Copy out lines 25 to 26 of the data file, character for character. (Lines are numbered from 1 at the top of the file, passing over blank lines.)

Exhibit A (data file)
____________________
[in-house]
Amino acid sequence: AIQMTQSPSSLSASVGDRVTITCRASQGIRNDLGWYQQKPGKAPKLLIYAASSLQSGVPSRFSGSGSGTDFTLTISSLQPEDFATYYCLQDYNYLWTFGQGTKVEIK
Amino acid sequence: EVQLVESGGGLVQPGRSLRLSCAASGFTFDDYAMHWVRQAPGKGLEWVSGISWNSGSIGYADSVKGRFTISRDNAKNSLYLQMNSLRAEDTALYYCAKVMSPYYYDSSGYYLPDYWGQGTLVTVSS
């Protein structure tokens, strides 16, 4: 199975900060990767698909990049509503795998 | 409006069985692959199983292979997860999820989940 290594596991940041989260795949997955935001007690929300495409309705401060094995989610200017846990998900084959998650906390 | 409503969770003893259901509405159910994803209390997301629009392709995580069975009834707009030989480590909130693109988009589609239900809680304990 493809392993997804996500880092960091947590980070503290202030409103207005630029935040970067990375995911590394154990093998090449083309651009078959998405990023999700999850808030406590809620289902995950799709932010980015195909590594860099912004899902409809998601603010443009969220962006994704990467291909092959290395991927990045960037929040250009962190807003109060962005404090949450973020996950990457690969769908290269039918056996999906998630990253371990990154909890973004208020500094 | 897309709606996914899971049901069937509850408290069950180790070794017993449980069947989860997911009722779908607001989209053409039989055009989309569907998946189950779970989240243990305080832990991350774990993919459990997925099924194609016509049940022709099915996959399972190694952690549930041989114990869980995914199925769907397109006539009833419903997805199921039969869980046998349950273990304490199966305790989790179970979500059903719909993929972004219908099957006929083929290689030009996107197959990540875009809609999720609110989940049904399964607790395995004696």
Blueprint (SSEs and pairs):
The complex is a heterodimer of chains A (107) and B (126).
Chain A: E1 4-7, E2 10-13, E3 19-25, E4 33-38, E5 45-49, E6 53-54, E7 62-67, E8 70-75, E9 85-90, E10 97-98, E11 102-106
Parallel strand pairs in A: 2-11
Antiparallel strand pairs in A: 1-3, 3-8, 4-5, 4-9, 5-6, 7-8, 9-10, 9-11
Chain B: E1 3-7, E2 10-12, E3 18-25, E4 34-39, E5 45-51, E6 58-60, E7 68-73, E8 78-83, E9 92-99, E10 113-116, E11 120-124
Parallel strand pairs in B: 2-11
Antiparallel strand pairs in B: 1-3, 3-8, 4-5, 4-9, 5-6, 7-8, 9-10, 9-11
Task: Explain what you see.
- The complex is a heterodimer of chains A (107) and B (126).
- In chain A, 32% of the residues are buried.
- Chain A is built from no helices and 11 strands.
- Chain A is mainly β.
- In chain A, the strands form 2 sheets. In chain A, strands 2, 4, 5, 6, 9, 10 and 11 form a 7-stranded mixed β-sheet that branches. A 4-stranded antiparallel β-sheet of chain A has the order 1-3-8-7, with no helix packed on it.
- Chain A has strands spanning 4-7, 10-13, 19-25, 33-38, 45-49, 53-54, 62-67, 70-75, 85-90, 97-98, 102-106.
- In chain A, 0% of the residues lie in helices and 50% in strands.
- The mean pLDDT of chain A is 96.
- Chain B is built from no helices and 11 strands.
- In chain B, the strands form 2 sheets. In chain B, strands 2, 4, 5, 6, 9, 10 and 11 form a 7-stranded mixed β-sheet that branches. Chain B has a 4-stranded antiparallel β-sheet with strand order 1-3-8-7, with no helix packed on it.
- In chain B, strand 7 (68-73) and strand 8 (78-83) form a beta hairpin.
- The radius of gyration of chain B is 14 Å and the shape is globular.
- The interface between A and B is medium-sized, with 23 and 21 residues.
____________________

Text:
- The radius of gyration of chain B is 14 Å and the shape is globular.
- The interface between A and B is medium-sized, with 23 and 21 residues.